Zombies vs. Unicorns

[openbook booknumber=”9781416989530″][rating:4/5]

Which is better, the zombie or the unicorn?

Justine Larbalestier says that zombies are our own walking deaths. Funny, grim, and terrifying, they cannot be escaped. Unicorns are sparkly and pastel and fart rainbows.

Holly Black says that unicorns are healers, arbiters of justice, and, occasionally, majestic man-killers. Zombies drool and shed and probably carry diseases.

Some of today’s finest writers have chosen their side, creating dazzling stories about both creatures. So read on, and decide for yourself:

Are you Team Zombie or Team Unicorn?

Just for the record I am Team Unicorn all the way. I have loved unicorns since I was very small. I had stuffed animal unicorns, my little pony action figures that were unicorns, even unicorn wallpaper on the walls of my bedroom (oh yes, there were rainbows too, why do you ask?). I was a huge fantasy fan even then. Zombies have been a much more recent addition to my life and while I do find them frightening intriguing frightening, but in an intriguing way, I don’t normally get much enjoyment out of reading about them.

With this attitude I cracked open Zombies vs. Unicorns, a short story anthology edited by Justine Larbalestier and Holly Black. The purpose of this book is to have a show down between short stories about zombies and short stories about unicorns to see which one would come out on top. Some of the best YA fantasy authors contributed to this collection and it shows. Even the stories that weren’t as powerful as some of the others still had a shine to them that I appreciated and I didn’t feel that there was a dull one in the bunch.


Holly: Seriously, you don’t like unicorns? What kind person doesn’t like unicorns?

       Justine: What kind of a person doesn’t like zombies? What have zombies ever done to you?
       Holly: Zombies shamble. I disapprove of shambling. And they have bits that fall off. You never see a unicorn behaving that way.
       Justine: I shamble. Bits fall off me all the time: hair, skin cells. Are you saying you disapprove of me?

There was a short introduction talking about zombies and unicorns and their relative merits and then each of the twelve short stories contained a short preface by the editors arguing for or against their specific champion as regards to the story presented. For the most part this was written humorously and sometimes with amazing insight into the story itself. On an occasion or two it skittered dangerously close to being degrading to the story or author and not just to the zombie or unicorn the author was supporting. Perhaps I was misreading intent though because the bickering did get a bit tiring by the 11th and 12th round as they started to run out of things to argue about.

While all of the stories were very well written and each brought up great points in their own way my two favorites were “The Care and Feeding of Your Baby Killer Unicorn” by Diana Peterfruend the author of Rampant and “Bougainvillea” by Carrie Ryan the author of The Forest of Hands and Teeth. So, basically I liked a unicorn and a zombie story respectively each expanding on the respective worlds the authors had built in their novels with these short stories.

The unicorn stories both poked fun at their own ranks with tongue firmly in cheek or used the unicorn in increasingly creative way to examine different aspects of humanity. In “The Highest Justice” a princess uses her purity to bring a unicorn to her aide and see justice be done. I wanted this one to be a full blown novella because I wanted to read more after it came to a close. I thought that both “Purity Test”, a story about a unicorn that is willing to be lenient on the concept of virginity if it means he gets a competent heroine, and “Princess Prettypants”, a story about a girl that wants a car for her birthday but instead gets a unicorn, were laugh out loud funny and I enjoyed them very much. “A Thousand Flowers” ended up being more sad and introspective than I expected, as a unicorn leads a man to find a princess bloody and half naked in the woods. Finally, I think “The Third Virgin” is a must read as it shows the addiction to, and pitfalls of, seeking attention and pity when you deserve neither.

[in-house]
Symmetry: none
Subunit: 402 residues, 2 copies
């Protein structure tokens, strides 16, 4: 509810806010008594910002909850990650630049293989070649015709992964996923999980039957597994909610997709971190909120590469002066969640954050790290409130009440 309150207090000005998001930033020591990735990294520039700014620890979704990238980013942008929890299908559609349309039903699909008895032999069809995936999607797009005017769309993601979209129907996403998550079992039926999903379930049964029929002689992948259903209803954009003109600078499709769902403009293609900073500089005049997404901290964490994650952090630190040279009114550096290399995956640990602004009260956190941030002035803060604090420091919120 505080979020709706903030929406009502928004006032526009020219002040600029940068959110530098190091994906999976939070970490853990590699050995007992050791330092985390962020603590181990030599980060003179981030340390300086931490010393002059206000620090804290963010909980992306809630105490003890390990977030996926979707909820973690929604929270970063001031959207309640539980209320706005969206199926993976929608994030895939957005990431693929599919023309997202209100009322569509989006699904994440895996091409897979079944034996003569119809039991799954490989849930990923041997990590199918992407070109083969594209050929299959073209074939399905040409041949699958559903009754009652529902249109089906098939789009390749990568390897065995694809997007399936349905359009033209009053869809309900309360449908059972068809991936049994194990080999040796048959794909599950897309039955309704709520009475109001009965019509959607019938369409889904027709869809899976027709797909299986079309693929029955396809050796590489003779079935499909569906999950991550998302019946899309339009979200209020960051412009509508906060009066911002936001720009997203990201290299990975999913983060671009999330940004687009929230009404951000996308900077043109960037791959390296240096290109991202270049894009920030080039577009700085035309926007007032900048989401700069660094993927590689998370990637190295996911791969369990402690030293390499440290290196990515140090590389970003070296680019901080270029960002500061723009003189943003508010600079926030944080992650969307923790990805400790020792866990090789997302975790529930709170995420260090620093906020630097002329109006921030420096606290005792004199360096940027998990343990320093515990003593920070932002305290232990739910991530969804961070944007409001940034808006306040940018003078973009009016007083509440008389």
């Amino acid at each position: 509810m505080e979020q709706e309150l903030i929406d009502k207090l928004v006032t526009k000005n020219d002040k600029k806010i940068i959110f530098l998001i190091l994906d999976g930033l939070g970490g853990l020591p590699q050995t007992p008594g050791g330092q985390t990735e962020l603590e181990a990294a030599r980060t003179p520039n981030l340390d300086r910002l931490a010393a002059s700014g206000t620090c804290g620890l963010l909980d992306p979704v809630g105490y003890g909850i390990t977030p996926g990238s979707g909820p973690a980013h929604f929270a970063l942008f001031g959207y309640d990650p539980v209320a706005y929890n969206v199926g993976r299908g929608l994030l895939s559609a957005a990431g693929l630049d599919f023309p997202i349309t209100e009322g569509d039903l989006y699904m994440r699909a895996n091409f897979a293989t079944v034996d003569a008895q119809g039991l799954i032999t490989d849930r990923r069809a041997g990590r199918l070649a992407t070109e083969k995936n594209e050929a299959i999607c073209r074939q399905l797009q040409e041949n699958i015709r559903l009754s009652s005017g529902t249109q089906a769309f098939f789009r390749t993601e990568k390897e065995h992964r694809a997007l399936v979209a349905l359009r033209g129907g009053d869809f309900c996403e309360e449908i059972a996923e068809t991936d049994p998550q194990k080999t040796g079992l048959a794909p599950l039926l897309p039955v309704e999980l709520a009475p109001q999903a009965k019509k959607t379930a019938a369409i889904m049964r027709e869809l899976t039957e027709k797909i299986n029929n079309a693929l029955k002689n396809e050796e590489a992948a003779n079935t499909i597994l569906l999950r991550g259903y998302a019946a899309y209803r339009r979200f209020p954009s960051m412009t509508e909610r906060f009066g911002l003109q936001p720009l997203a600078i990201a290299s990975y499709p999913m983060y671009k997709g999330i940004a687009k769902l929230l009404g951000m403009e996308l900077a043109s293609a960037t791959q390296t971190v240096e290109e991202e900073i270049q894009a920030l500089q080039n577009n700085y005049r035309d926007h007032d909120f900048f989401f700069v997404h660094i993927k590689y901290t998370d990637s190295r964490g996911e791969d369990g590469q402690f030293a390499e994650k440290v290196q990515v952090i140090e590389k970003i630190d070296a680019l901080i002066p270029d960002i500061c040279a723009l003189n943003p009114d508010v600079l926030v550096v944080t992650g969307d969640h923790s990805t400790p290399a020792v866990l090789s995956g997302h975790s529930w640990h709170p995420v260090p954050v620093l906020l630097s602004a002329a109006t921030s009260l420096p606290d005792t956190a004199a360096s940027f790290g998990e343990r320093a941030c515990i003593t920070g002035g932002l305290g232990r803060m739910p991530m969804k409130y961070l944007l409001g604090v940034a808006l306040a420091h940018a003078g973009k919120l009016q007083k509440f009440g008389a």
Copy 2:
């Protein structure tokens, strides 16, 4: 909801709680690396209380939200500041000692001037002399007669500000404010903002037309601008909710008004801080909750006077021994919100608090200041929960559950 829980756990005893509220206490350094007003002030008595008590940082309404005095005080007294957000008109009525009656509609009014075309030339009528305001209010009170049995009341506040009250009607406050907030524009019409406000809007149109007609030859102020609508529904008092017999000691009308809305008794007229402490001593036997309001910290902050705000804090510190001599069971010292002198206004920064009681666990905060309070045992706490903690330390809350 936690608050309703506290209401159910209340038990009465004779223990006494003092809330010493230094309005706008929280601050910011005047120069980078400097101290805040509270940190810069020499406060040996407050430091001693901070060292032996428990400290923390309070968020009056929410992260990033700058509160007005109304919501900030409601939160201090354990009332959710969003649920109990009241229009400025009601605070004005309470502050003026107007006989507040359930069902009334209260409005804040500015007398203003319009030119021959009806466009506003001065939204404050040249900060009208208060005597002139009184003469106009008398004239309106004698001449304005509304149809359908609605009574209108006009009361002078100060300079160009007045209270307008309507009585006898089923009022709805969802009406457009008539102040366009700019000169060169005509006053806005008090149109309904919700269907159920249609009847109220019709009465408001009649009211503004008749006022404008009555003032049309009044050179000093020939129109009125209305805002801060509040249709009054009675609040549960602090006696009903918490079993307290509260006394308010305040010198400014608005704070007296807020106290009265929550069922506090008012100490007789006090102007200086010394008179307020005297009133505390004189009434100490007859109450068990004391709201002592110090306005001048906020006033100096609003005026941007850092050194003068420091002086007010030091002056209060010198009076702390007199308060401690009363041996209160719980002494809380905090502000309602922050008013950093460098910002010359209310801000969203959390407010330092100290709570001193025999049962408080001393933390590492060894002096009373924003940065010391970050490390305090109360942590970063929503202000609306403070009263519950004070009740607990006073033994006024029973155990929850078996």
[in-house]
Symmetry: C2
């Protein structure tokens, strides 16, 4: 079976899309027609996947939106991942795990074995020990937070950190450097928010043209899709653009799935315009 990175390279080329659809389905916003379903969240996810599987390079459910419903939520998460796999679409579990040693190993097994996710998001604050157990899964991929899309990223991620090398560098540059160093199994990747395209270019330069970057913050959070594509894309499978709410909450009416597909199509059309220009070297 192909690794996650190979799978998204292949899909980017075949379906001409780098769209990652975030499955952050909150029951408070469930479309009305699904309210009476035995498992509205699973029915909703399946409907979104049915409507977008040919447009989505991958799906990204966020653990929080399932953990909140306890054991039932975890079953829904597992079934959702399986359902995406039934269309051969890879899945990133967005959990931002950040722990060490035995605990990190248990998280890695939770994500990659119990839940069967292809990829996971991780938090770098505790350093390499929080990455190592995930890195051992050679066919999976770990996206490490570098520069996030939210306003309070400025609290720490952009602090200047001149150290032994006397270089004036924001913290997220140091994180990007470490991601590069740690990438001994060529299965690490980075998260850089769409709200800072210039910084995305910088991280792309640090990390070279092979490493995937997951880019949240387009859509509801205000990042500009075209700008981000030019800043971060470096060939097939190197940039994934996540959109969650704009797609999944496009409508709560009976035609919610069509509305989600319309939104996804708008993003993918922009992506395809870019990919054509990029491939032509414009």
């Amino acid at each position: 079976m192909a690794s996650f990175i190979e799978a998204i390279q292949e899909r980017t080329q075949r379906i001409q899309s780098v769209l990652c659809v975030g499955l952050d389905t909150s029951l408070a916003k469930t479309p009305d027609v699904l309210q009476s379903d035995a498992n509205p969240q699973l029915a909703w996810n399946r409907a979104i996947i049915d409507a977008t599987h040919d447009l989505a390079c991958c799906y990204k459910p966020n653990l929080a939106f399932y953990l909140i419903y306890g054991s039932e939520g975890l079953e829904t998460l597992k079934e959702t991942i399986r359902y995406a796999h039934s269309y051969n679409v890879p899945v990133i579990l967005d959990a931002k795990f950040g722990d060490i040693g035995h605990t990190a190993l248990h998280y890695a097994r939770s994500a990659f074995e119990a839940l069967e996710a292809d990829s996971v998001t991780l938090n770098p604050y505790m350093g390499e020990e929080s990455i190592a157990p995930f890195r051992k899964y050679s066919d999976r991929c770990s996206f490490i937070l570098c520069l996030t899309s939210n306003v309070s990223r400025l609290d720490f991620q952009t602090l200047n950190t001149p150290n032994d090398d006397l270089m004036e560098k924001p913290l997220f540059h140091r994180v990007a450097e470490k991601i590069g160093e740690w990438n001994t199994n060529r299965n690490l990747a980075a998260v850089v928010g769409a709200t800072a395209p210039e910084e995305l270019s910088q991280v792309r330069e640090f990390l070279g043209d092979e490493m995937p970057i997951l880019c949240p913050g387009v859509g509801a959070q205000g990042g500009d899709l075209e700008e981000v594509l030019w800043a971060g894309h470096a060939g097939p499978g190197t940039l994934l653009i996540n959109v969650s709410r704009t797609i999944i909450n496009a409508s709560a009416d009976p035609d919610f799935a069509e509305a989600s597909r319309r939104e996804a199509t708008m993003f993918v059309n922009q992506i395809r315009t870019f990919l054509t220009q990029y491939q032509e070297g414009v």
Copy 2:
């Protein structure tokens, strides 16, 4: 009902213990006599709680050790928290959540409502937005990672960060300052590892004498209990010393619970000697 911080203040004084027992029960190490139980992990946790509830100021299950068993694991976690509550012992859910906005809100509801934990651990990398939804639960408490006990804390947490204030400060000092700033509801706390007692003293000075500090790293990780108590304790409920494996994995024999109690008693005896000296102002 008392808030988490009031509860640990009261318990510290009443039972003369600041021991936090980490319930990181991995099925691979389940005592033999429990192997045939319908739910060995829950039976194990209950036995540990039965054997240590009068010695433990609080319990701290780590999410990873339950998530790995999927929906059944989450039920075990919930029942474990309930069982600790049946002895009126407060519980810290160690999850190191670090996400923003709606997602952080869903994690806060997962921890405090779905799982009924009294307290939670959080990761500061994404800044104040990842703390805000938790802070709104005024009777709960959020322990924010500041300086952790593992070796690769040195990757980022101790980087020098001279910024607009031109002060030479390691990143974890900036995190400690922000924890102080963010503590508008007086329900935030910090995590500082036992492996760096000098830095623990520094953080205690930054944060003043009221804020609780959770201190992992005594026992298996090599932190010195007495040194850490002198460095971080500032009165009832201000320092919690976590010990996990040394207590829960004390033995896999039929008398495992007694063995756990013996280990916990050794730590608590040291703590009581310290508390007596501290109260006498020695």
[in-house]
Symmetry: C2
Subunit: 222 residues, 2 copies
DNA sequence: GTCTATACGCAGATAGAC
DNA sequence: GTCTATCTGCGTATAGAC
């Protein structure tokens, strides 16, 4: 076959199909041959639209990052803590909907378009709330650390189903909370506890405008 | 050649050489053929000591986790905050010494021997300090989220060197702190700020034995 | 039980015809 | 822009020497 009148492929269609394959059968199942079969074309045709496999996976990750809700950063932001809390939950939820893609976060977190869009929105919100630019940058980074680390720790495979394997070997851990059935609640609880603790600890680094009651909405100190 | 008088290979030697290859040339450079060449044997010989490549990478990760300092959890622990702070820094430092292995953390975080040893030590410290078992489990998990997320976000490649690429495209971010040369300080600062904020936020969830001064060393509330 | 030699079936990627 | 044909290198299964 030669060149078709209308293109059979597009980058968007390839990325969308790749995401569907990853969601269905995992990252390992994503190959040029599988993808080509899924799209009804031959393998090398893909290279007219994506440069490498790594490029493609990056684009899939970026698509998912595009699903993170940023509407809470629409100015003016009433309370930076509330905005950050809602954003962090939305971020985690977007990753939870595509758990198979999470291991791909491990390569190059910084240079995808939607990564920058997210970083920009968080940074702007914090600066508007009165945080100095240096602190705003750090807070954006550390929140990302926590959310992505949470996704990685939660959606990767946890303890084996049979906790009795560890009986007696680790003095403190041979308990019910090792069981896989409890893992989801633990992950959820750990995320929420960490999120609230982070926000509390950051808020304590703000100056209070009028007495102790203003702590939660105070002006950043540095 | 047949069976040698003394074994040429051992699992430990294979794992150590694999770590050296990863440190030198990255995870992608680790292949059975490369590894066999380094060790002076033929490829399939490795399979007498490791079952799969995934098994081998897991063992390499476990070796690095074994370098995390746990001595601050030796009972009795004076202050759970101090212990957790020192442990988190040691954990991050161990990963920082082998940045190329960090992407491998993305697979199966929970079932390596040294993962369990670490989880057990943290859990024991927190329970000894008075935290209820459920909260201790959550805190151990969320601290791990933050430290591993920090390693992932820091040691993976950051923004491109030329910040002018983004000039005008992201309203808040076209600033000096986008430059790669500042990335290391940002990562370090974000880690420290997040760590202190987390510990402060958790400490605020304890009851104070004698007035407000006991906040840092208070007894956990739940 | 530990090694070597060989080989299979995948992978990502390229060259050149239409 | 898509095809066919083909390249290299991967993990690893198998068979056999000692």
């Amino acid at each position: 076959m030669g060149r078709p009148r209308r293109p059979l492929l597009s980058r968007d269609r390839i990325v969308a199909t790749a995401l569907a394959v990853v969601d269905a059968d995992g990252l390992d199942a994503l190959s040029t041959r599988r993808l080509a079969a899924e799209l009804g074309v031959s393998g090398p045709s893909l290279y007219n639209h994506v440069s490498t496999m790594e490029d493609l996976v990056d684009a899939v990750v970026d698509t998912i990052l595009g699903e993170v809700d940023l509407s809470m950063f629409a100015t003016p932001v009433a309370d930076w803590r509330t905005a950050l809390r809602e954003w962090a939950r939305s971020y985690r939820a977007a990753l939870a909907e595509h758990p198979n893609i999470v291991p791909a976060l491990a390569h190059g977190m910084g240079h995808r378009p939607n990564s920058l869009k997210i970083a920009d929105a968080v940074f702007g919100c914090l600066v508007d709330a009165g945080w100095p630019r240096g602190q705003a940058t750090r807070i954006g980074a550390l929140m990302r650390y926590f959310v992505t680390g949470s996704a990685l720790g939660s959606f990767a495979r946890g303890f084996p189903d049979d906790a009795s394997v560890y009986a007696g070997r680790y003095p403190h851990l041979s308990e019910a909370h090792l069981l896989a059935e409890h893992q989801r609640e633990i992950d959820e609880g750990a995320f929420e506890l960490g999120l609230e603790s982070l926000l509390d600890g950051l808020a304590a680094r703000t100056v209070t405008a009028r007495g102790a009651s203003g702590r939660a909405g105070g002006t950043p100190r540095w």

The zombie stories, interestingly enough, spent more of their time not being traditional zombie stories than otherwise. Most of them actually turned out to be a zombie romance! In “Love Will Tear Us Apart” a zombie struggles with his condition and with his feelings for another boy at the same time. In “The Children of the Revolution” the generation that comes after the zombie apocalypse decides to rebel in the way each new generation does best, by becoming that which their parents hate. In “Inoculata” we examine crazy celebrities, their fascination with staying forever young, and their strangely sinister and secretive religions. “Cold Hands” is another zombie love story with the living and the dead risking everything for love. Finally, “Prom Night” was the first truly sinister zombie story in the bunch and will leave you chilled to the bone.

If you are a fan of either zombies or unicorns (or even both!) I think you will really enjoy this book, bickering and all. For fans of Rampant or The Forest of Hands and Teeth this is a must read for the new back story and world building that those authors add in their short stories in this collection.

One Response to Zombies vs. Unicorns

  1. Teresa Thomas Bohannon
    8:24 am on December 10th, 2010

    Although my level 80 warrior mage on WOW is a female zombie named Deathsong, I have to admit to being firmly in the Unicorn camp. But, either way this sounds like a wonderful collection of stories that I will certainly enjoy reading.
    Smiles
    Teresa

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